Disturbing Behavior (Movie Review)

Director: David Nutter | Release Date: 1998

5

Disenfranchised and precocious youths were a popular character study of horror films in the 90s. When done right – they were fun little jaunts through the horrors of high school and adolescence. Unfortunately, there were a lot of films that thought that following that formula would always produce a winner, and Disturbing Behavior is a perfect example of that kind of failure.

Cradle Bay is a town that understands its future is built upon a foundation of strong children who understand the value of being a good citizen, but not everyone agrees with the means by which the students are trained. Gavin (Nick Stahl) is a loner who at one time was best friends with the majority of the ‘popular’ kids, who comprise the golden standard of Cradle Bay, “The Blue Ribbons,” and is convinced they are all being controlled by a sinister force.  When Steve Clark (James Marsden) moves into town after the untimely death of his older brother (cameo by 90’s heartthrob Ethan Embry), Gavin finds an ally in the newcomer. Along side his friends UV (Chad Donella) and the wrong side of the tracks beauty, Rachel (Katie Holmes) Gavin attempts to infiltrate the Blue Ribbons’ parent meeting to recruit new members. Realizing his parents have sold him out, Gavin is sucked into the Blue Ribbons’ cult and turns his back on his friends. Steve and Rachel knowing Gavin would never become a blue ‘bot on his own, strike out to investigate the evil genius behind the plague. The further Steve and Rachel look past Cradle Bay, they more danger they find.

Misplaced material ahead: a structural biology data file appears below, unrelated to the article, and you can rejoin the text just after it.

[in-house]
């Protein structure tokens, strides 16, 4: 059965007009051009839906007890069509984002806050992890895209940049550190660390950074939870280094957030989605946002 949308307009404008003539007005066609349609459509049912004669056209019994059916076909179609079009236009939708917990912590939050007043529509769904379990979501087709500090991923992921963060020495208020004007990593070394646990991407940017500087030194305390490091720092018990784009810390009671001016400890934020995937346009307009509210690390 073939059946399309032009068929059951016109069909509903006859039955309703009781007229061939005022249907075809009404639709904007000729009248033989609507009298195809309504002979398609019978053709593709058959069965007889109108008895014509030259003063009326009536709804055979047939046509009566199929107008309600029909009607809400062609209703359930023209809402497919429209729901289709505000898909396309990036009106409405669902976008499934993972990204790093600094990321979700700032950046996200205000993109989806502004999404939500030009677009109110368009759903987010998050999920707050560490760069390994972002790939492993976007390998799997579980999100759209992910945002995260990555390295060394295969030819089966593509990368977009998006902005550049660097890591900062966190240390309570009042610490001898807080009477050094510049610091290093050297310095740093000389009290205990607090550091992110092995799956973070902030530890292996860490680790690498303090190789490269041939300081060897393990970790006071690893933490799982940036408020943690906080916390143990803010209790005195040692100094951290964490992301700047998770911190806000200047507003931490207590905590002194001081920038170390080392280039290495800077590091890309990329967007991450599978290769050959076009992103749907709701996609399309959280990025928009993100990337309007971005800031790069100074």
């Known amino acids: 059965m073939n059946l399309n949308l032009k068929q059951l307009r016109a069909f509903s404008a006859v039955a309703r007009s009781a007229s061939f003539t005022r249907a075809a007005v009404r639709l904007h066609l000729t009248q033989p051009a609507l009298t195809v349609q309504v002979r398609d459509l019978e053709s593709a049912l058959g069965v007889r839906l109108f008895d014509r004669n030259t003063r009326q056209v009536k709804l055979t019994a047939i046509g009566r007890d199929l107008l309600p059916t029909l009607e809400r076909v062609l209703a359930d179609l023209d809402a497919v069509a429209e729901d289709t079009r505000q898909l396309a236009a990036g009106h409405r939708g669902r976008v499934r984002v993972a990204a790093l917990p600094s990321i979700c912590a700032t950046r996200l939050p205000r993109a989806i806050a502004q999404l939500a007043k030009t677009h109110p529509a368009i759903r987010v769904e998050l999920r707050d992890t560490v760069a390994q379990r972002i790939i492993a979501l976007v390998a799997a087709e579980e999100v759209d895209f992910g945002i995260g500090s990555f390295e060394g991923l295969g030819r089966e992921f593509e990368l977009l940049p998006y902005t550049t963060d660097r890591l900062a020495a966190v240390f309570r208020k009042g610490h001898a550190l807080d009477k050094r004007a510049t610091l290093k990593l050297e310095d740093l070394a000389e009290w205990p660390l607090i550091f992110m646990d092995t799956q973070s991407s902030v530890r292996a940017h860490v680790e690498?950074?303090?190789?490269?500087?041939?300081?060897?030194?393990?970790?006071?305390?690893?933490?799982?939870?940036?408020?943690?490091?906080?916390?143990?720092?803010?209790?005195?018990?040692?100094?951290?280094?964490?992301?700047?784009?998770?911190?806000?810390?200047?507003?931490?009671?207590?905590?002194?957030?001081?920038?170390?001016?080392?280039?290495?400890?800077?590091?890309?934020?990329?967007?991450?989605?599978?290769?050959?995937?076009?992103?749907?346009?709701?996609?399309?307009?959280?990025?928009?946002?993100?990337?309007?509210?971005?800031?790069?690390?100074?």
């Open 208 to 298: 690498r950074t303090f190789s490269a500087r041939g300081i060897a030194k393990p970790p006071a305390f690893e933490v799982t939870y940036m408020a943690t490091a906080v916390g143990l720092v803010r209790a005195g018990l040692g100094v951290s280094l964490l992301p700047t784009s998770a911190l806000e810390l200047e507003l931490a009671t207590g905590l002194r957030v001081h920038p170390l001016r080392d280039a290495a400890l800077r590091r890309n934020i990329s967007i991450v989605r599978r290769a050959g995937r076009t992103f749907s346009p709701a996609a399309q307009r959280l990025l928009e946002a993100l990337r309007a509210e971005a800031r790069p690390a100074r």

Released in the shadow of the success of Wes Craven’s Scream, Disturbing Behavior tried its best to deliver a clever and smart horror film, but failed pretty miserably. Despite a plot line that owns more holes than a block of Swiss, the film is just a jumbled attempt at cashing in on a satirical flip on the drama of high school trope. Ripe with violent outbursts and the intense objectification and sexualization of high school aged kids, Disturbing Behavior attempts to just ride high on the popularity of teenage rebellion movies in the horror industry and doesn’t really try to do anything new or even what’s already been done well. Though relatively enjoyable as a trip down memory lane for actors who have gone on to bigger and better things, it’s a decent watch for a few ridiculous laughs. 

CC

Associate Editor/Horror Literature/Podcast Guest

CC is the High Priestess of BGH. She's into creeping around in the shadows and loves animals, but especially baby bats and puppies.

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